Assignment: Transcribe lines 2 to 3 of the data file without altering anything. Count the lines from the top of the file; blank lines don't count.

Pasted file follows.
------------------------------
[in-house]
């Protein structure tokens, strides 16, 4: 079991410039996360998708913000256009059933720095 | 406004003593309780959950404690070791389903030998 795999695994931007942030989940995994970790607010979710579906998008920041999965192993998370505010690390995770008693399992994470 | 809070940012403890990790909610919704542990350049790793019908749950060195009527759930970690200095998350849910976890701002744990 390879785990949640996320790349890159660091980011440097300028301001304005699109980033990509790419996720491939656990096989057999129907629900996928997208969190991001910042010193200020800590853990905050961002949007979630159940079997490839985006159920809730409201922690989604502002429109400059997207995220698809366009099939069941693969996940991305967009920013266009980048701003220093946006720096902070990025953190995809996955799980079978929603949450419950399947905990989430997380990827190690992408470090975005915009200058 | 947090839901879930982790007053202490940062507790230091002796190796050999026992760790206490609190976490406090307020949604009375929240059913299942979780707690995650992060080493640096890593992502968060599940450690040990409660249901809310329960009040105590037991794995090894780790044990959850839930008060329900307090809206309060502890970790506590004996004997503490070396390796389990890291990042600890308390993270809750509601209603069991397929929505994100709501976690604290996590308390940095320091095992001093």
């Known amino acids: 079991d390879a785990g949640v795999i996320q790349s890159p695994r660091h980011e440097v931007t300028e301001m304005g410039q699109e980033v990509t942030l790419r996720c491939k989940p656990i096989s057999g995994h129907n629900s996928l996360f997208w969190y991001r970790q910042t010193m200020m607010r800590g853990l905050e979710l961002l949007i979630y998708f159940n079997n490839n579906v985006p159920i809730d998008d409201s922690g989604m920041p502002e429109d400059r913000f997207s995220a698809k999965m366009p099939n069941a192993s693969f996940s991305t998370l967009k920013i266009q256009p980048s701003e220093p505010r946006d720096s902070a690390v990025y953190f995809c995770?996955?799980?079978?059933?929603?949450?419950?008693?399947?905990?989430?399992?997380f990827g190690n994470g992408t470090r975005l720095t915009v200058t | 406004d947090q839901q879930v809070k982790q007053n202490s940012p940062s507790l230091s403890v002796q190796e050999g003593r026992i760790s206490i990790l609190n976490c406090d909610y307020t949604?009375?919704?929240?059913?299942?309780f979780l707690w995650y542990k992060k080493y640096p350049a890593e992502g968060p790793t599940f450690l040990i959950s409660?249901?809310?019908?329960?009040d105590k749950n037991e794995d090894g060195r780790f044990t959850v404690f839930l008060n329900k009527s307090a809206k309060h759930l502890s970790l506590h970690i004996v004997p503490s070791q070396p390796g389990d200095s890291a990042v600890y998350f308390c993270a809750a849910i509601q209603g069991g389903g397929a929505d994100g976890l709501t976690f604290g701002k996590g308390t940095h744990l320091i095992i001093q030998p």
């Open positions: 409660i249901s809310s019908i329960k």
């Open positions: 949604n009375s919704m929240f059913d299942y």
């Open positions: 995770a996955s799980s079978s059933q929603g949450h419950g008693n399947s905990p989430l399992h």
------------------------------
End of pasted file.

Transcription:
């Protein structure tokens, strides 16, 4: 079991410039996360998708913000256009059933720095 | 406004003593309780959950404690070791389903030998 795999695994931007942030989940995994970790607010979710579906998008920041999965192993998370505010690390995770008693399992994470 | 809070940012403890990790909610919704542990350049790793019908749950060195009527759930970690200095998350849910976890701002744990 390879785990949640996320790349890159660091980011440097300028301001304005699109980033990509790419996720491939656990096989057999129907629900996928997208969190991001910042010193200020800590853990905050961002949007979630159940079997490839985006159920809730409201922690989604502002429109400059997207995220698809366009099939069941693969996940991305967009920013266009980048701003220093946006720096902070990025953190995809996955799980079978929603949450419950399947905990989430997380990827190690992408470090975005915009200058 | 947090839901879930982790007053202490940062507790230091002796190796050999026992760790206490609190976490406090307020949604009375929240059913299942979780707690995650992060080493640096890593992502968060599940450690040990409660249901809310329960009040105590037991794995090894780790044990959850839930008060329900307090809206309060502890970790506590004996004997503490070396390796389990890291990042600890308390993270809750509601209603069991397929929505994100709501976690604290996590308390940095320091095992001093």
């Known amino acids: 079991d390879a785990g949640v795999i996320q790349s890159p695994r660091h980011e440097v931007t300028e301001m304005g410039q699109e980033v990509t942030l790419r996720c491939k989940p656990i096989s057999g995994h129907n629900s996928l996360f997208w969190y991001r970790q910042t010193m200020m607010r800590g853990l905050e979710l961002l949007i979630y998708f159940n079997n490839n579906v985006p159920i809730d998008d409201s922690g989604m920041p502002e429109d400059r913000f997207s995220a698809k999965m366009p099939n069941a192993s693969f996940s991305t998370l967009k920013i266009q256009p980048s701003e220093p505010r946006d720096s902070a690390v990025y953190f995809c995770?996955?799980?079978?059933?929603?949450?419950?008693?399947?905990?989430?399992?997380f990827g190690n994470g992408t470090r975005l720095t915009v200058t | 406004d947090q839901q879930v809070k982790q007053n202490s940012p940062s507790l230091s403890v002796q190796e050999g003593r026992i760790s206490i990790l609190n976490c406090d909610y307020t949604?009375?919704?929240?059913?299942?309780f979780l707690w995650y542990k992060k080493y640096p350049a890593e992502g968060p790793t599940f450690l040990i959950s409660?249901?809310?019908?329960?009040d105590k749950n037991e794995d090894g060195r780790f044990t959850v404690f839930l008060n329900k009527s307090a809206k309060h759930l502890s970790l506590h970690i004996v004997p503490s070791q070396p390796g389990d200095s890291a990042v600890y998350f308390c993270a809750a849910i509601q209603g069991g389903g397929a929505d994100g976890l709501t976690f604290g701002k996590g308390t940095h744990l320091i095992i001093q030998p």